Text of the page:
Technical Articles ID: KB86362
McAfee Web Gateway (MWG) 7.x
The web browser displays a certificate warning when visiting HTTPS websites. This issue occurs if Web Gateway is using the SSL Scanner with content inspection enabled. The certificate warning message varies based on the web browser:
Mozilla Firefox will block the website and display the warning message: The certificate is not trusted because it was signed using a signature algorithm that was disabled because that algorithm is not secure.
Google Chrome will allow the website, but will display the warning message: The certificate for this site expires in 2017 or later, and the certificate chain contains a certificate signed using SHA-1.
Starting January 1, 2016 most web browsers are phasing out trust of certificates signed using SHA-1. Any certificates signed after January 1, 2016 will be untrusted in some way (it varies based on the web browser), but certificates signed before that date will still be accepted.
Mozilla Firefox announcement: https://blog.mozilla.org/security/2015/10/20/continuing-to-phase-out-sha-1-certificates/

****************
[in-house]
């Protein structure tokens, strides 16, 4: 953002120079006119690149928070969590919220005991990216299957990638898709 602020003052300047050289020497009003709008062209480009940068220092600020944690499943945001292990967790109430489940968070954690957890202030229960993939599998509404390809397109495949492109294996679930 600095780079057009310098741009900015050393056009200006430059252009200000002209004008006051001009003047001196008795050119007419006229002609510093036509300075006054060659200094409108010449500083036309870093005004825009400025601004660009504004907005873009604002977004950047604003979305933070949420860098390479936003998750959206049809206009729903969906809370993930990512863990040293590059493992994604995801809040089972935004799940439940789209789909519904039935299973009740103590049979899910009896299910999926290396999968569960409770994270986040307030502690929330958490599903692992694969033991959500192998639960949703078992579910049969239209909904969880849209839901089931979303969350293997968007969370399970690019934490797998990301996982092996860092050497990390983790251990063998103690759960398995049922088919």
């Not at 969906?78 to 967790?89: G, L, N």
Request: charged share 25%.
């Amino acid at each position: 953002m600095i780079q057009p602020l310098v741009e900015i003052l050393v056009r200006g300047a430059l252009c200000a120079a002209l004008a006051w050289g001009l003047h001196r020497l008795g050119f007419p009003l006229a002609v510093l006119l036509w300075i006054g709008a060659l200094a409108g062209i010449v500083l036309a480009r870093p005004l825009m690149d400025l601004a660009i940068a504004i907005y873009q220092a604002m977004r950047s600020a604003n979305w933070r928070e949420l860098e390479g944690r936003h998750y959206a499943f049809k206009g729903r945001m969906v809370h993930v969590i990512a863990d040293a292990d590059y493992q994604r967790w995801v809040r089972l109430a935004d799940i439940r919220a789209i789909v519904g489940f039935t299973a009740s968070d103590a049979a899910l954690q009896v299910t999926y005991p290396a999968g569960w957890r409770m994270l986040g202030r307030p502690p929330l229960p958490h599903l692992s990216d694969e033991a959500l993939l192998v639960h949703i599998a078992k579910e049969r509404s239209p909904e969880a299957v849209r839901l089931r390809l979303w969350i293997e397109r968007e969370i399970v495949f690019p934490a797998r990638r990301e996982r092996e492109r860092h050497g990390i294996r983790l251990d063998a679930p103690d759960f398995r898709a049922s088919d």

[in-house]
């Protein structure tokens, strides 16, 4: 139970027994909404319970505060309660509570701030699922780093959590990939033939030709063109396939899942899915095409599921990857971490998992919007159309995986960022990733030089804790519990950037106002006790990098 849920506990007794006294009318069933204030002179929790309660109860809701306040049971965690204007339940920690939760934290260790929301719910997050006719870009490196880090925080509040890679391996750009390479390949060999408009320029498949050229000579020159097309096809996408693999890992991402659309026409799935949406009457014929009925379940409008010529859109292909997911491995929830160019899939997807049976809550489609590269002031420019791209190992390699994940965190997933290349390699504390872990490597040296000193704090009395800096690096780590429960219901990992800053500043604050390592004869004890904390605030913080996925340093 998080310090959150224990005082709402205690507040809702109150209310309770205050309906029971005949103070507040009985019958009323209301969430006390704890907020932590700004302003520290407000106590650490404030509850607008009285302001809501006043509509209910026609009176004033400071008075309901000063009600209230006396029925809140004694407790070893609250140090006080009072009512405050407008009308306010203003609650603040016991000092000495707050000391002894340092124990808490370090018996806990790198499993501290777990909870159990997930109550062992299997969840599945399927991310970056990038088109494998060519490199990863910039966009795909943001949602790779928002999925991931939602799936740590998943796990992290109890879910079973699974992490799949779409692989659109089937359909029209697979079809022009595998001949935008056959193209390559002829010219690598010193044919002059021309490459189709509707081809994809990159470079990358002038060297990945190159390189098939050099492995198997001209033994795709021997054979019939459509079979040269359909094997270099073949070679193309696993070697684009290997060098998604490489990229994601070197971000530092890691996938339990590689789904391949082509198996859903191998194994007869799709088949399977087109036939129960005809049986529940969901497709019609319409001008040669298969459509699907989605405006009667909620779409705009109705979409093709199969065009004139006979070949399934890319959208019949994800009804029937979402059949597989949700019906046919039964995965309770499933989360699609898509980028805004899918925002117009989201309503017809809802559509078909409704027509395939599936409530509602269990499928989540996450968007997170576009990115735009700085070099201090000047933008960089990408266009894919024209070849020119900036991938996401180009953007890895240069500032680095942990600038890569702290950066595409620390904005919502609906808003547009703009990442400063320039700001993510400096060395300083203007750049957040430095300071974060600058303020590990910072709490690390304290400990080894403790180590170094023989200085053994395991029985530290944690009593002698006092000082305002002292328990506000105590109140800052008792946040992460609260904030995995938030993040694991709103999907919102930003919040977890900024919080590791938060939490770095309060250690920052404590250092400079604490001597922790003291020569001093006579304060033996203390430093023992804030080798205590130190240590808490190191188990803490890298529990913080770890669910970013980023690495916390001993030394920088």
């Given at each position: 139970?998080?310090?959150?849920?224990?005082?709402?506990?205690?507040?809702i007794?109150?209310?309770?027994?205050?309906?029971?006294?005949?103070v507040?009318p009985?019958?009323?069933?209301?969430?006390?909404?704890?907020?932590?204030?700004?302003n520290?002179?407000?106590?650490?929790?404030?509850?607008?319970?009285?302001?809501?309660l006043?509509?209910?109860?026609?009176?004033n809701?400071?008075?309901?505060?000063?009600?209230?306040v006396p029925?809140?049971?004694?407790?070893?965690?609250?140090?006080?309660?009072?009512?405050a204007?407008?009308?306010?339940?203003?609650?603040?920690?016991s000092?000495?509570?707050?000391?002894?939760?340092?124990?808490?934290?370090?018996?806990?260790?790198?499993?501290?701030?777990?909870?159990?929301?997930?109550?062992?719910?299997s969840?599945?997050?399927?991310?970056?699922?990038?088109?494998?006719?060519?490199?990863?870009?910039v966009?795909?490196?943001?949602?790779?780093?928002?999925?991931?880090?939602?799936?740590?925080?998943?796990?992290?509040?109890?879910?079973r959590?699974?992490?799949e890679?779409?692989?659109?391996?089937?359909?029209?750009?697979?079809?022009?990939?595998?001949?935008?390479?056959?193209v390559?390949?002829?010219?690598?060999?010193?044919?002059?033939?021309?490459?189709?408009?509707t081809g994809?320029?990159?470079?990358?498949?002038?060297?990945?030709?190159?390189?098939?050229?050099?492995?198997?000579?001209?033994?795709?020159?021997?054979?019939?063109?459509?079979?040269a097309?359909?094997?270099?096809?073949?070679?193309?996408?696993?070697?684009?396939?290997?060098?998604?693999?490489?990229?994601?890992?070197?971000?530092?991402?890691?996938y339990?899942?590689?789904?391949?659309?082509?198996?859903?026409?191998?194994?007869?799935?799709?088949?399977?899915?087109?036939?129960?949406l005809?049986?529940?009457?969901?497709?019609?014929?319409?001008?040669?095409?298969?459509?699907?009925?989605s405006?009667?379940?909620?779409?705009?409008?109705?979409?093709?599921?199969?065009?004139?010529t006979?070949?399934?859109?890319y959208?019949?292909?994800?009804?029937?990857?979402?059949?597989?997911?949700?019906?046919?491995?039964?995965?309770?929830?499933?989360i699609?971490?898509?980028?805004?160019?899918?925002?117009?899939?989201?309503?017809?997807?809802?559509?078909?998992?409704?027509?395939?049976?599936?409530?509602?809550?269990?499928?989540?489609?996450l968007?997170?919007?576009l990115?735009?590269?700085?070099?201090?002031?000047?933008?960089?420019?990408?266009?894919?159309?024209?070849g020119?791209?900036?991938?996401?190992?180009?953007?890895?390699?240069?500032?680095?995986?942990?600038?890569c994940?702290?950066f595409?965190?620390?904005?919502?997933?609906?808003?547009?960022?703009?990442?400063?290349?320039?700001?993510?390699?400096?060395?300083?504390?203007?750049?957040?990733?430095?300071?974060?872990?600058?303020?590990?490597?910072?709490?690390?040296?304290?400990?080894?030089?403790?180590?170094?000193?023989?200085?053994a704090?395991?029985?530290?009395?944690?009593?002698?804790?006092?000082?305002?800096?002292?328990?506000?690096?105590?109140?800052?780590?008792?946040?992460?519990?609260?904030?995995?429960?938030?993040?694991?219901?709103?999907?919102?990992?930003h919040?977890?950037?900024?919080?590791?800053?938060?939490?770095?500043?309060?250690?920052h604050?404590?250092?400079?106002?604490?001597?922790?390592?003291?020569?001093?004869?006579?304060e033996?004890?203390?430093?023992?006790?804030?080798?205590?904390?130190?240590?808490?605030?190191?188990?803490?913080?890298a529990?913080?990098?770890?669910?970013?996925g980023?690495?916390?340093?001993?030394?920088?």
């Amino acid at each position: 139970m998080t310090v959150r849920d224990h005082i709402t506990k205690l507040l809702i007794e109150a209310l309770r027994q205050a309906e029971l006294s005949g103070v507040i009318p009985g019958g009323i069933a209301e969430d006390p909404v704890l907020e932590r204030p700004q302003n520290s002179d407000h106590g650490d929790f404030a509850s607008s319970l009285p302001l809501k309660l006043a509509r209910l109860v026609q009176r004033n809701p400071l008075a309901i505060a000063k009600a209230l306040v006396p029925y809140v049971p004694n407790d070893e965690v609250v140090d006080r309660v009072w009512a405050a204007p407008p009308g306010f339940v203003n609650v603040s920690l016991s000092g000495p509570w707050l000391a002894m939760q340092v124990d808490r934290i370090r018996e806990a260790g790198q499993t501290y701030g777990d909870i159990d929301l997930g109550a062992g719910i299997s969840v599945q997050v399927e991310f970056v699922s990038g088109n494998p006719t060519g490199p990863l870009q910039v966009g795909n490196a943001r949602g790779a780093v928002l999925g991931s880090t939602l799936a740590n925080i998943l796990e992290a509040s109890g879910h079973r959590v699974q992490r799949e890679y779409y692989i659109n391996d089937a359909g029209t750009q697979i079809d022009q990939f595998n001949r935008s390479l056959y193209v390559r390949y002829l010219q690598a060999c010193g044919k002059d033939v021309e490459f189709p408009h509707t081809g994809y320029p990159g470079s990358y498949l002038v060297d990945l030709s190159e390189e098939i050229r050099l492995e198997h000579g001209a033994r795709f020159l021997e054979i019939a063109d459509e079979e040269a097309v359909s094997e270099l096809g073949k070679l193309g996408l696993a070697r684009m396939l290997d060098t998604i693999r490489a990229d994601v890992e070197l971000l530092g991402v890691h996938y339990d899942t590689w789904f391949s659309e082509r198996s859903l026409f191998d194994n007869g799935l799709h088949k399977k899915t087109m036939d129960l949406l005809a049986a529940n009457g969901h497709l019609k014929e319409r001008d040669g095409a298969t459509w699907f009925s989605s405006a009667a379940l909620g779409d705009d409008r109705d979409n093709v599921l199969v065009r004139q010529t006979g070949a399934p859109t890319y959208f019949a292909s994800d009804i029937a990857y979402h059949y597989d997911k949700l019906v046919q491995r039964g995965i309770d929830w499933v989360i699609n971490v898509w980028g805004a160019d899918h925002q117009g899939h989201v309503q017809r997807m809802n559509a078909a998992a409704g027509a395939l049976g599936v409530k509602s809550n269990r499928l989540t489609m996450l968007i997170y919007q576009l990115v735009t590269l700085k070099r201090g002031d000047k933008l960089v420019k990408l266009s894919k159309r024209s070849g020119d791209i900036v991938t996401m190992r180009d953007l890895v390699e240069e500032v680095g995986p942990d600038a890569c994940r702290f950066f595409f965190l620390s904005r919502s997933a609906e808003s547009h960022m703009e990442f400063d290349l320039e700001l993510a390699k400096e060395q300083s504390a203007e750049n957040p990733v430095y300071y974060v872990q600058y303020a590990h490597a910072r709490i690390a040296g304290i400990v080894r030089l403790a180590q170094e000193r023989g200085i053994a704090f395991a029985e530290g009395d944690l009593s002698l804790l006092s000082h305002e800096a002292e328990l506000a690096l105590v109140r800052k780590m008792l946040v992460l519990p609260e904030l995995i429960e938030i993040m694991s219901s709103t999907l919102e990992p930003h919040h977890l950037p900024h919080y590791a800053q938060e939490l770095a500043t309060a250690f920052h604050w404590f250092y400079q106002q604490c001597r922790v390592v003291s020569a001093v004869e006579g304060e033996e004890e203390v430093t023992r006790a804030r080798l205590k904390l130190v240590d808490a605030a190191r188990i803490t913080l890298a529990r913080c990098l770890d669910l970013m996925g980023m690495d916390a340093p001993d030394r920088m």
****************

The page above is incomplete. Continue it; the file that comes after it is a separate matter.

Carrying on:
Google Chrome announcement: http://blog.chromium.org/2014/09/gradually-sunsetting-sha-1.html
Microsoft announcement: http://social.technet.microsoft.com/wiki/contents/articles/32288.windows-enforcement-of-authenticode-code-signing-and-timestamping.aspx
Web Gateway will issue certificates for websites that are SSL scanned, so the signing date will be after January 1, 2016.
Ensure that Web Gateway does not use SHA-1 in the SSL scanning settings (use SHA-256 instead). If you migrated from older Web Gateway versions to newer Web Gateway versions, this setting will not be updated automatically.
Log on to the Web Gateway user interface.
Navigate to Policy, Settings, Engines, SSL Client Context with CA.
For all of the settings containers for SSL Client Context with CA:
From the Digest drop-down menu, select sha256.
From the RSA server key size drop-down menu, select 2048.
In addition, if the Certificate Authority (CA) used in Web Gateway was signed using SHA-1, you should consider replacing it soon.
Currently web browsers will display a warning only if the web server certificate is signed using SHA-1.
However, the same issue may happen eventually for CA certificates signed using SHA-1.